Ted Holt is the senior technical editor at The Four Hundred and editor of the former Four Hundred Guru newsletter at Guild Companies. Holt is Senior Software Developer with Profound Logic, a maker of application development tools for the IBM i platform, and contributes to the development of new and existing products with a team that includes fellow IBM i luminaries Scott Klement and Brian May. In addition to developing products, Holt supports Profound Logic with customer training and technical documentation.
January 14, 2019 Ted Holt
The dates in our database are stored as seven-digit packed-decimal values in the common CYYMMDD format. In 2018 I wrote an SQL query that reported the number of days between two dates, but it quit calculating properly as soon as it started using 2019 dates. Can you tell me the proper way to find the difference between two dates in days?
I don’t know if “the” proper way exists or not, Becki, but I can show you how to do the required calculation. SQL has some handy built-in functions that address your problem.Read more
December 10, 2018 Ted Holt
This is the last Monday issue of The Four Hundred for 2018. My, how time flies! I like to do something different at year end. In previous years I have solved Sudoku puzzles, found my way through mazes, solved the peg game, and more. This year I wish to honor a request that has come from various people and to address what they consider to be a legitimate question.Read more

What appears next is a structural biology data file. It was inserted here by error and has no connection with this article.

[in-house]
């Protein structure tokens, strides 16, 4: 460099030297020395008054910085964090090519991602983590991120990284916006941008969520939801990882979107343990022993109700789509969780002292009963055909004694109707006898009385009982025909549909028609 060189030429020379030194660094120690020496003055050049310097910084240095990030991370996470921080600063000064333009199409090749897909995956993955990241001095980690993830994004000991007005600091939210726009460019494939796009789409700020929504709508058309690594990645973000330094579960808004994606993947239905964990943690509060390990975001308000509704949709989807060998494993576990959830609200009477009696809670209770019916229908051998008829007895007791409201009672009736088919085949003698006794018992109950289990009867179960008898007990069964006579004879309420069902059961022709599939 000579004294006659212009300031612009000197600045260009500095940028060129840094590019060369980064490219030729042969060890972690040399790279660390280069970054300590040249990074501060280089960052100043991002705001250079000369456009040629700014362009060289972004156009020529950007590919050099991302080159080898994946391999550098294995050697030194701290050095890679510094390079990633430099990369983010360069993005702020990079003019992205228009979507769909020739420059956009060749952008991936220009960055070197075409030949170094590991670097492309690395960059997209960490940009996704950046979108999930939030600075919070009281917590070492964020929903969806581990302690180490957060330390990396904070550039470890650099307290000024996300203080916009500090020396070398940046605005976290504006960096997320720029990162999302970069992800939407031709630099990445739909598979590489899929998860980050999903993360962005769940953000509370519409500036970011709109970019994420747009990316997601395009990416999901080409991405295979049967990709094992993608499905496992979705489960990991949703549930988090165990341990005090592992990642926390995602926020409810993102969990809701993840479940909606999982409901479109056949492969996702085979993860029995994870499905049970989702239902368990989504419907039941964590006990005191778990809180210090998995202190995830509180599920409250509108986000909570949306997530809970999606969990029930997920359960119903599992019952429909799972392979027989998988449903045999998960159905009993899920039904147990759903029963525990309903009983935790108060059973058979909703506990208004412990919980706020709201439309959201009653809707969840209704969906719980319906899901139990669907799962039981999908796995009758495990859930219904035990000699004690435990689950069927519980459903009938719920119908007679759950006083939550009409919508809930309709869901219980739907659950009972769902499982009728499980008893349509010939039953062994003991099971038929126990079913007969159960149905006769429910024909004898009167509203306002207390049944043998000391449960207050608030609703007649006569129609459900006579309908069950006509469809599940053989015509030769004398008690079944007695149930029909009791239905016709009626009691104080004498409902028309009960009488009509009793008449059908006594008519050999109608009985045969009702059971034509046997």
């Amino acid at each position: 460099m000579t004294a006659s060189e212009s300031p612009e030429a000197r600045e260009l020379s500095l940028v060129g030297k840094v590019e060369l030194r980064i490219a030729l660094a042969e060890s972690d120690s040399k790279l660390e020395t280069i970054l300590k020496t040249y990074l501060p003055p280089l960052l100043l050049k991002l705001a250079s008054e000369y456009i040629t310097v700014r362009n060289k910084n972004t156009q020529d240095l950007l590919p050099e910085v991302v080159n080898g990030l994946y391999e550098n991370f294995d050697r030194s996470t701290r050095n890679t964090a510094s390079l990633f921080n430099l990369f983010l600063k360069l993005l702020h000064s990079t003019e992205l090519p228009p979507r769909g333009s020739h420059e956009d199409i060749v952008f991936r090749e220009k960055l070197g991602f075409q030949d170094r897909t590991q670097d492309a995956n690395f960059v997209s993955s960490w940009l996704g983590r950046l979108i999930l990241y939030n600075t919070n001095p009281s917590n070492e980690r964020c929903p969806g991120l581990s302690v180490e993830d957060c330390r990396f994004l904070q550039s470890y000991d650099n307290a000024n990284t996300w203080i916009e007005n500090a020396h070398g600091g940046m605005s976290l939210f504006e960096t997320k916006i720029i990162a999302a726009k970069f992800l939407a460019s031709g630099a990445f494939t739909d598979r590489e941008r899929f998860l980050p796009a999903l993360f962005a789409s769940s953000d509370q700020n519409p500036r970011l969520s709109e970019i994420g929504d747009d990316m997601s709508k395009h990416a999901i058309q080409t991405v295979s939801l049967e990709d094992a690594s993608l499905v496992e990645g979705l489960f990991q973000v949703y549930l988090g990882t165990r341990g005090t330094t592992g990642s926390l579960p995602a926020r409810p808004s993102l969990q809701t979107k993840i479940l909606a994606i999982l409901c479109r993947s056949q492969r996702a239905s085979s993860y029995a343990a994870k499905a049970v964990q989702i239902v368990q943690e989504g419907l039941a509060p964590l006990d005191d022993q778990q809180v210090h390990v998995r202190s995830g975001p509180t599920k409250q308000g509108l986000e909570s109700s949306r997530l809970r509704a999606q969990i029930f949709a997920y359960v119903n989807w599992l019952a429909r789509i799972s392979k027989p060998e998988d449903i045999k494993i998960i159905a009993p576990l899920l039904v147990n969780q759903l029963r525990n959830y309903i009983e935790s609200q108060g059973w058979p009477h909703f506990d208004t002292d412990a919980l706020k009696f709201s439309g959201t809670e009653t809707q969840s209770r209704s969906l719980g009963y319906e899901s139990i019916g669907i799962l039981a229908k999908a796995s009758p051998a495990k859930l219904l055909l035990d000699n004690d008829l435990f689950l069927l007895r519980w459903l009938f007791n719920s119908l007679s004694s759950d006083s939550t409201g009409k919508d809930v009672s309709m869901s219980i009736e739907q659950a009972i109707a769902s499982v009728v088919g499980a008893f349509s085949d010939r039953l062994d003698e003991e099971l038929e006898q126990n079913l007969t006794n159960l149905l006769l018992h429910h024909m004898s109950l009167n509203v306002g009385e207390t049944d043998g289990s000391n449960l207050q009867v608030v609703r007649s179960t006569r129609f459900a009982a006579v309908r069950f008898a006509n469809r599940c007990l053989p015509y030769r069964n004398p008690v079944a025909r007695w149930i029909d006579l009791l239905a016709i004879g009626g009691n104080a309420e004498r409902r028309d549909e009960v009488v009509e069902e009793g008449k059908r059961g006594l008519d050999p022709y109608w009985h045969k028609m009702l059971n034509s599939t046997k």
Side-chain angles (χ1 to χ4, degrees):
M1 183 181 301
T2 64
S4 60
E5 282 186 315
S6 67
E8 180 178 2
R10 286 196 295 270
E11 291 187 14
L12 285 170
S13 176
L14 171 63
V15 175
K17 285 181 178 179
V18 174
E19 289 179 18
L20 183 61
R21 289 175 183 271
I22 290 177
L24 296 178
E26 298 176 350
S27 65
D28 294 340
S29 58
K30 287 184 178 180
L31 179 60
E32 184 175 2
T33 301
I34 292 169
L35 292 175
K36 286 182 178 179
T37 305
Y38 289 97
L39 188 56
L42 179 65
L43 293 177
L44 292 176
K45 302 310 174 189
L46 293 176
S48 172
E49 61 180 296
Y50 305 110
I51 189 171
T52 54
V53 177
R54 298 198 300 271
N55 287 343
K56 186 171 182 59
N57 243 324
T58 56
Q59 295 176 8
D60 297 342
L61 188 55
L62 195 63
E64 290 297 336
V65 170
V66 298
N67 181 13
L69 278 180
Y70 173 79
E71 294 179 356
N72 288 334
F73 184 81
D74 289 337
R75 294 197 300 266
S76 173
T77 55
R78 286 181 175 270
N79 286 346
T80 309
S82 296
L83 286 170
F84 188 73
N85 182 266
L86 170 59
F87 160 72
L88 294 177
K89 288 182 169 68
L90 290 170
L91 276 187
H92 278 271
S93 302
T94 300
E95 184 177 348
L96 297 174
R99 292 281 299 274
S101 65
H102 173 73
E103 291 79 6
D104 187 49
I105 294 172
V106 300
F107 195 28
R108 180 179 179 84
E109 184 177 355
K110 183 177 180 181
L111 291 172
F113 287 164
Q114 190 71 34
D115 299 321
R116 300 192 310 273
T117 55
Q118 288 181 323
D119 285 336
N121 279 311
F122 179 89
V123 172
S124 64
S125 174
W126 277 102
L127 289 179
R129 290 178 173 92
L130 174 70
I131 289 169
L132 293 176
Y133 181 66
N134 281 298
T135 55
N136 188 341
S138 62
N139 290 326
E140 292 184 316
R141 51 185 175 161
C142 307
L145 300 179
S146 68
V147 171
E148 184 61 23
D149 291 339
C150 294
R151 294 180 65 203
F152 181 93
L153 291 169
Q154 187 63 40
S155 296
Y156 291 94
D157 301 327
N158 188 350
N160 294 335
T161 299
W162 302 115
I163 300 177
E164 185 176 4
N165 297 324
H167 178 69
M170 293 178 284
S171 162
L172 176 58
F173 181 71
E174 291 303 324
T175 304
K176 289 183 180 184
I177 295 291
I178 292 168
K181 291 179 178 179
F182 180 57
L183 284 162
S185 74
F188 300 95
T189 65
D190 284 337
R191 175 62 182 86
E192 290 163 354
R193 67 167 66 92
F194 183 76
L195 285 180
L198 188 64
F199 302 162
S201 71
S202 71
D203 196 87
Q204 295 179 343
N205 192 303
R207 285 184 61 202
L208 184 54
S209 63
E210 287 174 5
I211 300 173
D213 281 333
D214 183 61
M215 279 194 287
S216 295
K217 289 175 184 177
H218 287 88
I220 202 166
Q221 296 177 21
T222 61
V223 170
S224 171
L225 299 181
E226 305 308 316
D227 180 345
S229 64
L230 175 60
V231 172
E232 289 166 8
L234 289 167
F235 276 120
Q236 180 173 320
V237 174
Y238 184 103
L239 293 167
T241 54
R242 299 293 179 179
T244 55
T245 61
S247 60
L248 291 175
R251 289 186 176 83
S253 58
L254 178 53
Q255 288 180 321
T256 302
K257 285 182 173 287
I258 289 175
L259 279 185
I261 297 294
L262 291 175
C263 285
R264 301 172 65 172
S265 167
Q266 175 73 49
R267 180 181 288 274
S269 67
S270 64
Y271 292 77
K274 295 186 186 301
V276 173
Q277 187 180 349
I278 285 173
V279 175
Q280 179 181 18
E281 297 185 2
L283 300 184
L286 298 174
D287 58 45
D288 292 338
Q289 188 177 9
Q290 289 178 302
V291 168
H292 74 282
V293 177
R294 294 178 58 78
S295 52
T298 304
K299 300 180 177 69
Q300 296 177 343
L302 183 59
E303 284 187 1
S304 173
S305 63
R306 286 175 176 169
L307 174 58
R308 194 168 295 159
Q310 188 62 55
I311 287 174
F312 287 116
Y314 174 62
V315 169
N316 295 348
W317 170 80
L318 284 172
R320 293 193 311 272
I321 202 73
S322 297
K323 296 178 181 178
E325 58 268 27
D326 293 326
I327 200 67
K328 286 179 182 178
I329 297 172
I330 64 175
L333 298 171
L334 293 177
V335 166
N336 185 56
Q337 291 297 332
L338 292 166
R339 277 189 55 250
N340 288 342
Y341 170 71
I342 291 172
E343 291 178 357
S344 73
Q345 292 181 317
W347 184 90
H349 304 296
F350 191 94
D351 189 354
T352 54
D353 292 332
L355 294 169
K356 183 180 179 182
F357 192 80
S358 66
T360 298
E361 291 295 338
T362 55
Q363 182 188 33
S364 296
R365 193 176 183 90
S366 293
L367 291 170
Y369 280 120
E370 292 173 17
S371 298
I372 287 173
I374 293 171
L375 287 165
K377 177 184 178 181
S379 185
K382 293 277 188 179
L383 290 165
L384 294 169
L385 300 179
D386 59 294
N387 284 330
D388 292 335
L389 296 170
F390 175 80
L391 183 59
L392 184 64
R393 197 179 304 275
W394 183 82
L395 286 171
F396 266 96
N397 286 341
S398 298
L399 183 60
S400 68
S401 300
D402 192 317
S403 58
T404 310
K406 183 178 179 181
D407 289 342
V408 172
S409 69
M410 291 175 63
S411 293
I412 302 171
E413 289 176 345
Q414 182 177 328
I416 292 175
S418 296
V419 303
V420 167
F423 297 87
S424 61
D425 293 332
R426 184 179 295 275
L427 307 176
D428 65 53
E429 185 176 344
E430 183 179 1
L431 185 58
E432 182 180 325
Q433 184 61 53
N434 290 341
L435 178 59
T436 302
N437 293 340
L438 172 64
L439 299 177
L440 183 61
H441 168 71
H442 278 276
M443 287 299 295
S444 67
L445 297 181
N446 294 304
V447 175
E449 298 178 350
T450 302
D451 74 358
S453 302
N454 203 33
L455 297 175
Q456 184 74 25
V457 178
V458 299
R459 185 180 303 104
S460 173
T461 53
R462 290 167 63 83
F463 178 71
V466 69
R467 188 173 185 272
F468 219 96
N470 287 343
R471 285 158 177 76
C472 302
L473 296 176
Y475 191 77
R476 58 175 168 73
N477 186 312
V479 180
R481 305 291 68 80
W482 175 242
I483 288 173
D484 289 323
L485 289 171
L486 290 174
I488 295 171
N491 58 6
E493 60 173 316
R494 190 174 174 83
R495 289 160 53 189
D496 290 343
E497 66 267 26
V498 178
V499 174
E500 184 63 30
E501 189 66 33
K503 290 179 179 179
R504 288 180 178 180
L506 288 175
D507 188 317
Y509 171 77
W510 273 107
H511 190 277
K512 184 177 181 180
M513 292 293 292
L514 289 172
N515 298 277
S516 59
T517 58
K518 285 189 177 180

November 5, 2018 Ted Holt
I often read back through articles that have appeared in this august publication to look for errors and omissions. Such an expedition recently made me aware that I have not told you as much as I would like to about the SQL MERGE statement. Today I am pleased to provide more information.
First I want to be sure that everybody understands is that you can add conditions to the WHEN MATCHED and WHEN NOT MATCHED expressions. That means that you do not have to treat all matched or unmatched rows in the same way. Look at this example:
merge .… Read more
October 8, 2018 Ted Holt
Those wonderful people at IBM have done it yet again! They have gladdened my existence with new CL functionality that solves two problems, and I will never have to face those problems again. Let me tell you about the new %PARMS built-in function.
The %PARMS function returns the number of parameters that are passed into a CL procedure (i.e. a CL program or a CL module). In the past, I have monitored for message MCH3601. That works in some situations, but not in all. The %PARMS function gives me an unambiguous way to know whether a parameter was passed or …Read more
October 1, 2018 Ted Holt
We license a software package to handle email on our IBM i system. When I write an RPG program that uses those routines, I can’t compile with the usual Create Bound RPG Program (CRTBNDRPG) command. Instead I have to use a two-step process — Create RPG Module (CRTRPGMOD) followed by Create Program (CRTPGM). Can you explain why this is? Even better, can you tell me if there is a way that I’m not aware of to compile with CRTBNDRPG?